A pack of hounds from Texas is leading the way in the fight against rhino poachers

Joe Braman never thought in his wildest dreams that he would end up as a part of the fight against rhino poachers in South Africa. Living in Texas, Braman had gained a reputation as a breeder of coonhounds. So, when Braman was invited to South Africa to demonstrate how anti-poacher groups could use hunting dogs in the fight against rhino poachers.

A small trip turns into something more

Brentstrirton.com Source: Brentstrirton.com

Initially, Braman had gone to Africa to do an evaluation and help train a few dogs, it turned into something much more. Soon, the small trip turned into a full-time job and Braman and his hounds found themselves chasing rhino poachers full time near the Kruger National Park, one of South Africa’s largest game reserves.

A new type of program was needed

National Geographic/Sean Viljoen Source: National Geographic/Sean Viljoen

In the past, dog teams were too slow to keep up with the poachers as they had to remain on a leash as they tracked the lawbreakers. Knowing a different approach was needed, South African National Parks asked the South African Wildlife College (SAWC) to come up with a solution involving pack dogs.

“Building a pack dog team is a massive undertaking,” Theresa Sowry, CEO of SAWC, told National Geographic. “You need the right genetics, the right training, and, most importantly, the right mindset to bring it all together.”

Braman evaluates the program

National Geographic/Sean Viljoen Source: National Geographic/Sean Viljoen

At the time, funds for the program just weren’t available. In 2017, Ivan Carter, founder of the Ivan Carter Wildlife Conservation Alliance, offered to provide funding for the project. That was when Sowry approached Braman in his native Texas with a proposition. Soon, Braman was in South Africa evaluating their program, which he eventually deemed too slow.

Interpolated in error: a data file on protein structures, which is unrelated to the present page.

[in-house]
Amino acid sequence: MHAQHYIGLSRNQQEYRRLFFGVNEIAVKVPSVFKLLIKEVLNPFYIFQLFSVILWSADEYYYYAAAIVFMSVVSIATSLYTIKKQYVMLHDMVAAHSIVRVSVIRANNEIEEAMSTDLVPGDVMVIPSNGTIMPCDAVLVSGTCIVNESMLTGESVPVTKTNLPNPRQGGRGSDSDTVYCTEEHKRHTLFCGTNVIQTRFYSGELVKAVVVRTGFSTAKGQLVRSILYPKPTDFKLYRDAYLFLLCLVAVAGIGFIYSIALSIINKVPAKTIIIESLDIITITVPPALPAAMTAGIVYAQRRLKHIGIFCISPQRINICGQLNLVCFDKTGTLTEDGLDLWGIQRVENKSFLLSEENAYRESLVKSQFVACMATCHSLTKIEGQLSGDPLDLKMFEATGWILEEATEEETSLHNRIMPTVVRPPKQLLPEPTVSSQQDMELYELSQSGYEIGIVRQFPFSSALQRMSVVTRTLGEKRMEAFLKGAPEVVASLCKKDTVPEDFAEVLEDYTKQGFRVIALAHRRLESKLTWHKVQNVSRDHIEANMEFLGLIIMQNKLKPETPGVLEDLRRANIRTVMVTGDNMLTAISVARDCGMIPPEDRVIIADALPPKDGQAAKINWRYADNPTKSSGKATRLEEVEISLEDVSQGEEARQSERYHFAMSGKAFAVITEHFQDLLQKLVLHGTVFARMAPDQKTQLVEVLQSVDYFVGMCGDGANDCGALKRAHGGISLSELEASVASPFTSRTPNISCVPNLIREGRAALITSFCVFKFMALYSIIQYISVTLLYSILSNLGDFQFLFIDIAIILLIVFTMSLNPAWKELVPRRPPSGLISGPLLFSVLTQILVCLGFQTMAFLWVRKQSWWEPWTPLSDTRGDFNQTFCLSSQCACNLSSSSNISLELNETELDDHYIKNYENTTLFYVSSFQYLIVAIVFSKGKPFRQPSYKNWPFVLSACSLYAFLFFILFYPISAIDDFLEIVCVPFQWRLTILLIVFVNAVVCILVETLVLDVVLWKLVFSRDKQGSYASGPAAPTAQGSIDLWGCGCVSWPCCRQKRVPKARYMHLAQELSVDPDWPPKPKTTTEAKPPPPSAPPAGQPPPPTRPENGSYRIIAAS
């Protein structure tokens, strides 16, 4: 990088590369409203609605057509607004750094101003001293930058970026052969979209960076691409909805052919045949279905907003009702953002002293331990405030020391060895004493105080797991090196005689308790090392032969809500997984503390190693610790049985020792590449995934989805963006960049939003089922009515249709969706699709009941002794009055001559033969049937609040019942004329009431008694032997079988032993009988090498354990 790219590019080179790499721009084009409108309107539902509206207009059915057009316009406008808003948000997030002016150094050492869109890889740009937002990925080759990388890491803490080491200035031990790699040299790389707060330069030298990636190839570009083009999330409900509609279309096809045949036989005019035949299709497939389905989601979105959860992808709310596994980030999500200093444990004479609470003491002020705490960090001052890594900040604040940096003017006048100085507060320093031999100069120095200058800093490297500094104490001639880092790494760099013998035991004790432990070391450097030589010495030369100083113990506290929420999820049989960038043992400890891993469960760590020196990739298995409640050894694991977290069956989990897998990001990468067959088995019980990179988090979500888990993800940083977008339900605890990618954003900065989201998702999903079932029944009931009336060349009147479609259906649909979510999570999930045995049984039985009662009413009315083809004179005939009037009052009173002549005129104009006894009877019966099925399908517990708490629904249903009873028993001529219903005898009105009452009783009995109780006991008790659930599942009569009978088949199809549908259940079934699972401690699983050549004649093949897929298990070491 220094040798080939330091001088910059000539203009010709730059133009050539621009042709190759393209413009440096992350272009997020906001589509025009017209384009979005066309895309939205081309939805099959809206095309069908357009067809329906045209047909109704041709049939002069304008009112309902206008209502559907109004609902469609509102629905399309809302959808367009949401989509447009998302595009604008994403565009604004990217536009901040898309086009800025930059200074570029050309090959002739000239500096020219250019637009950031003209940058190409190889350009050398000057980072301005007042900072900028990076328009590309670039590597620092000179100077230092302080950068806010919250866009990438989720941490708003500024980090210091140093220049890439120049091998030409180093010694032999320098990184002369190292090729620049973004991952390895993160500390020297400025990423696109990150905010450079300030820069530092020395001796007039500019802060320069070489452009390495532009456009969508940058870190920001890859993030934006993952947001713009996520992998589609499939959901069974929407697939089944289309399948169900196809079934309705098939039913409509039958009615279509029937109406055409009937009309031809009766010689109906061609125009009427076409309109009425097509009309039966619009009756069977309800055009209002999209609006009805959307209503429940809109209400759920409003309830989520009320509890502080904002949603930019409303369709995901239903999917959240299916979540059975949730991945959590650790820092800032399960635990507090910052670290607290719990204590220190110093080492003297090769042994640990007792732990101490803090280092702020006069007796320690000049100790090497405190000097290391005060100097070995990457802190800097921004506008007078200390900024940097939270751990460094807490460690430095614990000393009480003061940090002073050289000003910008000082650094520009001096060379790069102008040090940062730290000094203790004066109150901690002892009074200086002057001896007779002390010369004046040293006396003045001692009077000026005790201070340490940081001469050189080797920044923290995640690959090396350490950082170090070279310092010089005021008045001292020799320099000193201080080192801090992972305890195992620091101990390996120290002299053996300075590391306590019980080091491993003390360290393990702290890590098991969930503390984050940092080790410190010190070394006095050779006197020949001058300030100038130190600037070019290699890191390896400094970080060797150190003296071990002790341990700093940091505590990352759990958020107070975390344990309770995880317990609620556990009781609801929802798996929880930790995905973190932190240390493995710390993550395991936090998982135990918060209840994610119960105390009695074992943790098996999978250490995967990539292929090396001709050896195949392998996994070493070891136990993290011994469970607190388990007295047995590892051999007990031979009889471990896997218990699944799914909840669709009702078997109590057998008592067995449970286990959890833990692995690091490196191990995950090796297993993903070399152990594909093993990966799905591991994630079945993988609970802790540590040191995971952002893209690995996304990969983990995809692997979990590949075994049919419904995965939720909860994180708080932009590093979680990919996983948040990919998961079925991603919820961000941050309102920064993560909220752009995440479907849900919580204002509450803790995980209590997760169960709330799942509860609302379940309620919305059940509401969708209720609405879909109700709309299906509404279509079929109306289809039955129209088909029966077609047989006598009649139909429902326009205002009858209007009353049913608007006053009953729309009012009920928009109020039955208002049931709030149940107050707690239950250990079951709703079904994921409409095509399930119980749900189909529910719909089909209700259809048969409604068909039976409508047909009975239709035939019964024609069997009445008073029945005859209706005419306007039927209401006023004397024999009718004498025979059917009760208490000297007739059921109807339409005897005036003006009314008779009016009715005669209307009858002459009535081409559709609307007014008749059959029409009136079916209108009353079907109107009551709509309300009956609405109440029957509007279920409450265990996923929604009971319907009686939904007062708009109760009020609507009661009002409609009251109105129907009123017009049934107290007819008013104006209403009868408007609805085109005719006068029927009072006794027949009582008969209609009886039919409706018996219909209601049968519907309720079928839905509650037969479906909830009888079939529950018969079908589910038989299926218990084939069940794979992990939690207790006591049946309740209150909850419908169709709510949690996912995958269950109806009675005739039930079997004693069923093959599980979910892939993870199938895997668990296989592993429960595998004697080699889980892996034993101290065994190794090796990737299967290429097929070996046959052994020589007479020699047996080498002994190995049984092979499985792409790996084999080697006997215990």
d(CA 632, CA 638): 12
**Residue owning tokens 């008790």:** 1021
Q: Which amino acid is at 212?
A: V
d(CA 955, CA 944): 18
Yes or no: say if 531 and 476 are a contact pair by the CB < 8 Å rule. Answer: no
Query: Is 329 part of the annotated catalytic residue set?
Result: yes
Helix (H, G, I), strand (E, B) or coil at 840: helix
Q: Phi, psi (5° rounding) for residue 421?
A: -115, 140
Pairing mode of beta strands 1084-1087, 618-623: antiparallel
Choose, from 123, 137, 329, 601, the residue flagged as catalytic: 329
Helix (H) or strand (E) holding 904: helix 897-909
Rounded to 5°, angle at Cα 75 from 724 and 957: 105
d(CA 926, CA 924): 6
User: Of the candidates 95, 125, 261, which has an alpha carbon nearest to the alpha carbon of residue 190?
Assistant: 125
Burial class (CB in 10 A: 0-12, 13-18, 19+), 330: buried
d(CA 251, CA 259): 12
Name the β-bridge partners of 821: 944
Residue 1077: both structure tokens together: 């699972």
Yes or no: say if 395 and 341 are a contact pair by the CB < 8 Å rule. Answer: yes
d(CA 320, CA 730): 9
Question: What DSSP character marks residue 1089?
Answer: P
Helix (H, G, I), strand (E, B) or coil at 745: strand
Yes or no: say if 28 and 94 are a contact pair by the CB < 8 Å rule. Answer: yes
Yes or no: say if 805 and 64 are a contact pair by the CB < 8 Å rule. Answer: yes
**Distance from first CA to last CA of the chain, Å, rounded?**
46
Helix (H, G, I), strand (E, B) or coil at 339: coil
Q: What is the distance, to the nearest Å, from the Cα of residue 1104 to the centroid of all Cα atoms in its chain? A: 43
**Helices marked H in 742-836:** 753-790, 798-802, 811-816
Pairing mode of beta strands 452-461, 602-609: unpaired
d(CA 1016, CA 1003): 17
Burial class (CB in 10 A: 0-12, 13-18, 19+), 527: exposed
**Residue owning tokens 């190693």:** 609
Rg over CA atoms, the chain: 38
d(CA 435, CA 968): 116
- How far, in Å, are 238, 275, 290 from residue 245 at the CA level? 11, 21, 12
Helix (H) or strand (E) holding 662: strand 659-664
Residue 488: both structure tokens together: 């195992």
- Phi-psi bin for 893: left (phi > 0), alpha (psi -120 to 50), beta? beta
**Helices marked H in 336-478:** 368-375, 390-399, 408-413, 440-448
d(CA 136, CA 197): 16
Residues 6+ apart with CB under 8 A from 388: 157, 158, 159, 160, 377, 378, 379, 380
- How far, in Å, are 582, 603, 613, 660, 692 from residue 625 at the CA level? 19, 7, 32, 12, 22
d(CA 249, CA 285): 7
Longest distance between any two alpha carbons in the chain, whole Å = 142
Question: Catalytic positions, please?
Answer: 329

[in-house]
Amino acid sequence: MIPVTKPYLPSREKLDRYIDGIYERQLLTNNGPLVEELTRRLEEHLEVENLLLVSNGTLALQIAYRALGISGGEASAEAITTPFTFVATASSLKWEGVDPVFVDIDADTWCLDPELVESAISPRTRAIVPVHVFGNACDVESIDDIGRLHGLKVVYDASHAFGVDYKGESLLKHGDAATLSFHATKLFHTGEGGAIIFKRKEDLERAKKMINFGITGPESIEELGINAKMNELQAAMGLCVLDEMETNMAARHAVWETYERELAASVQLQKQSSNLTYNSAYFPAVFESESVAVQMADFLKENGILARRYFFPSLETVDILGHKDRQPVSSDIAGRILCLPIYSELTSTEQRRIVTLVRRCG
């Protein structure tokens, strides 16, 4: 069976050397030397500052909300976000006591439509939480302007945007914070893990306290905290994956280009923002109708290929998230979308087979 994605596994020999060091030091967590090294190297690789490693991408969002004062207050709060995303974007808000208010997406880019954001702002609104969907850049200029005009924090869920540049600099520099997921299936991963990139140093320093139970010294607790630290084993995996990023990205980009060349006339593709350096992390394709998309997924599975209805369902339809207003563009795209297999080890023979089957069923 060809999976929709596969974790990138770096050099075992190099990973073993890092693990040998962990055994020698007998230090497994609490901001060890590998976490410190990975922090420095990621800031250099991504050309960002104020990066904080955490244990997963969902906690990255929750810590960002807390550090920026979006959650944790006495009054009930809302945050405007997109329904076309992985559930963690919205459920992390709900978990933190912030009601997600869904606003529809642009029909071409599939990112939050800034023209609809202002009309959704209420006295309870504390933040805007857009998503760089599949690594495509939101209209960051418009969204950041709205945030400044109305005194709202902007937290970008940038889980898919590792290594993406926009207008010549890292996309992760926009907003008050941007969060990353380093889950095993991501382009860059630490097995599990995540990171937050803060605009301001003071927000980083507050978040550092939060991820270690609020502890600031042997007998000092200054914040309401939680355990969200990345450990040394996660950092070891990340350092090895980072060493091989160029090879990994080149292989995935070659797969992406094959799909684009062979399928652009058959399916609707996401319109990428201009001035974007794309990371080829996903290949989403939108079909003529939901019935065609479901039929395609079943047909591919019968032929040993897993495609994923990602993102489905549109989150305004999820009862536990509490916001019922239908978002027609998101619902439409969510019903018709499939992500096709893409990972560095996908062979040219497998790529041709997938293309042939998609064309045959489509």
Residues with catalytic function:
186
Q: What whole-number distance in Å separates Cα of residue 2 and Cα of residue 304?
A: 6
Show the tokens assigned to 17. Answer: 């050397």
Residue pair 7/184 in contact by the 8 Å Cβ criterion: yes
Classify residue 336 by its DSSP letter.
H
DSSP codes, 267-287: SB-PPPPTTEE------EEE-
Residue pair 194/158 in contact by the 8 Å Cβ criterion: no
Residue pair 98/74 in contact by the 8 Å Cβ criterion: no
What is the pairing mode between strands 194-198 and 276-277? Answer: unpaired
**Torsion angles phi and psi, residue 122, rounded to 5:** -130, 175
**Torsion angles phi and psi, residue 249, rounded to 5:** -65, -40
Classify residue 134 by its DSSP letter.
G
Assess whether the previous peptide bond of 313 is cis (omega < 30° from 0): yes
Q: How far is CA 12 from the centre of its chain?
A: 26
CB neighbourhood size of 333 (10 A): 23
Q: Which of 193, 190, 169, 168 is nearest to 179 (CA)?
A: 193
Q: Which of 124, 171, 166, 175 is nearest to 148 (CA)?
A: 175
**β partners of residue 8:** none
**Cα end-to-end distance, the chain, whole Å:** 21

“They were pushin’ water up a hill,” he says. “Their hearts were in the right spot, but they just don’t do things the way we do in Texas.”

Braman’s methods made the dogs too aggressive

National Geographic/Sean Viljoen Source: National Geographic/Sean Viljoen

At odds with Kruger National Park Johan Van Staaten, Braman returned to the states to train dogs for the program in his own way. The problem was that Braman’s methods made the dogs too aggressive. After visiting Braman in the U.S., Van Staaten was able to convince him to pull back on his aggressive training tactics.

The perfect balance is found

National Geographic/Sean Viljoen Source: National Geographic/Sean Viljoen

The results have been nothing short of remarkable. The dogs that Braman trained have helped to apprehend 54 percent of the known poachers in the area. That has equated to 145 poachers up until September 2019. The dogs work in teams with helicopters helping to protect them from dangerous predators and armed men shielding them from the gunfire of the poachers.

Braman tackles human trafficking

National Geographic/Sean Viljoen Source: National Geographic/Sean Viljoen

In addition to rhino poachers, Braman is now training dogs to help track down human traffickers in the U.S. Here is a video of an anti-poaching dog in action.

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Source: National Geographic

H/T: Enviro News

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